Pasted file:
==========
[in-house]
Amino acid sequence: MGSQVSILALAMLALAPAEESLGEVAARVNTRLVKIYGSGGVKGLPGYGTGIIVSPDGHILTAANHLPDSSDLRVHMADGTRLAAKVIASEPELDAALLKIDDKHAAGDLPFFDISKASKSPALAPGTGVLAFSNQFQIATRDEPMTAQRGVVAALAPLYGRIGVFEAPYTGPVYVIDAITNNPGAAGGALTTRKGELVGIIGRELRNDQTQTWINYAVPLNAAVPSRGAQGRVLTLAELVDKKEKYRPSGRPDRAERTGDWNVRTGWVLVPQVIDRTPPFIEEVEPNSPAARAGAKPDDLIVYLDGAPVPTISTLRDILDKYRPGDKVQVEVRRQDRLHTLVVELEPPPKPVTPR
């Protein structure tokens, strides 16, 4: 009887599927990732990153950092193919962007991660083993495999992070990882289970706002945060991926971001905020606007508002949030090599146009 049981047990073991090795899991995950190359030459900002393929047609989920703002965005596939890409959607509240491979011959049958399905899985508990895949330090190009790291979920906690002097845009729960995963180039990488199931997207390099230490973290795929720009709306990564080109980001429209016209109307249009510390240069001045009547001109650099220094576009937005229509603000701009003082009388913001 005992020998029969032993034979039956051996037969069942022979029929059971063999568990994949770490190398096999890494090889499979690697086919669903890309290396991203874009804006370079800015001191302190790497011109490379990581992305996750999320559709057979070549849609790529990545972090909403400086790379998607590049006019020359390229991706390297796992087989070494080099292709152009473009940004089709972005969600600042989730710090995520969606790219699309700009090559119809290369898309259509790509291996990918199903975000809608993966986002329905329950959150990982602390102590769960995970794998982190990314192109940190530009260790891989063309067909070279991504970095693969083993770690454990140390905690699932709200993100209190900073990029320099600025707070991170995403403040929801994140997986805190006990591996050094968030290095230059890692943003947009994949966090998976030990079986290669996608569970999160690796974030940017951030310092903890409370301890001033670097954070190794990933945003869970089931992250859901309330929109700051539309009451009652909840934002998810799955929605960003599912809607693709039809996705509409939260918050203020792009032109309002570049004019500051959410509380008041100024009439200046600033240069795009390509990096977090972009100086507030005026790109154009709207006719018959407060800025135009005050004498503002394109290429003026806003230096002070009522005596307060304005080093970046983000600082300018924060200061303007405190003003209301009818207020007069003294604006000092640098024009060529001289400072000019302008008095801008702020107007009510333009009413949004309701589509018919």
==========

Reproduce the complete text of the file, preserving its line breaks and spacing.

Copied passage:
[in-house]
Amino acid sequence: MGSQVSILALAMLALAPAEESLGEVAARVNTRLVKIYGSGGVKGLPGYGTGIIVSPDGHILTAANHLPDSSDLRVHMADGTRLAAKVIASEPELDAALLKIDDKHAAGDLPFFDISKASKSPALAPGTGVLAFSNQFQIATRDEPMTAQRGVVAALAPLYGRIGVFEAPYTGPVYVIDAITNNPGAAGGALTTRKGELVGIIGRELRNDQTQTWINYAVPLNAAVPSRGAQGRVLTLAELVDKKEKYRPSGRPDRAERTGDWNVRTGWVLVPQVIDRTPPFIEEVEPNSPAARAGAKPDDLIVYLDGAPVPTISTLRDILDKYRPGDKVQVEVRRQDRLHTLVVELEPPPKPVTPR
């Protein structure tokens, strides 16, 4: 009887599927990732990153950092193919962007991660083993495999992070990882289970706002945060991926971001905020606007508002949030090599146009 049981047990073991090795899991995950190359030459900002393929047609989920703002965005596939890409959607509240491979011959049958399905899985508990895949330090190009790291979920906690002097845009729960995963180039990488199931997207390099230490973290795929720009709306990564080109980001429209016209109307249009510390240069001045009547001109650099220094576009937005229509603000701009003082009388913001 005992020998029969032993034979039956051996037969069942022979029929059971063999568990994949770490190398096999890494090889499979690697086919669903890309290396991203874009804006370079800015001191302190790497011109490379990581992305996750999320559709057979070549849609790529990545972090909403400086790379998607590049006019020359390229991706390297796992087989070494080099292709152009473009940004089709972005969600600042989730710090995520969606790219699309700009090559119809290369898309259509790509291996990918199903975000809608993966986002329905329950959150990982602390102590769960995970794998982190990314192109940190530009260790891989063309067909070279991504970095693969083993770690454990140390905690699932709200993100209190900073990029320099600025707070991170995403403040929801994140997986805190006990591996050094968030290095230059890692943003947009994949966090998976030990079986290669996608569970999160690796974030940017951030310092903890409370301890001033670097954070190794990933945003869970089931992250859901309330929109700051539309009451009652909840934002998810799955929605960003599912809607693709039809996705509409939260918050203020792009032109309002570049004019500051959410509380008041100024009439200046600033240069795009390509990096977090972009100086507030005026790109154009709207006719018959407060800025135009005050004498503002394109290429003026806003230096002070009522005596307060304005080093970046983000600082300018924060200061303007405190003003209301009818207020007069003294604006000092640098024009060529001289400072000019302008008095801008702020107007009510333009009413949004309701589509018919």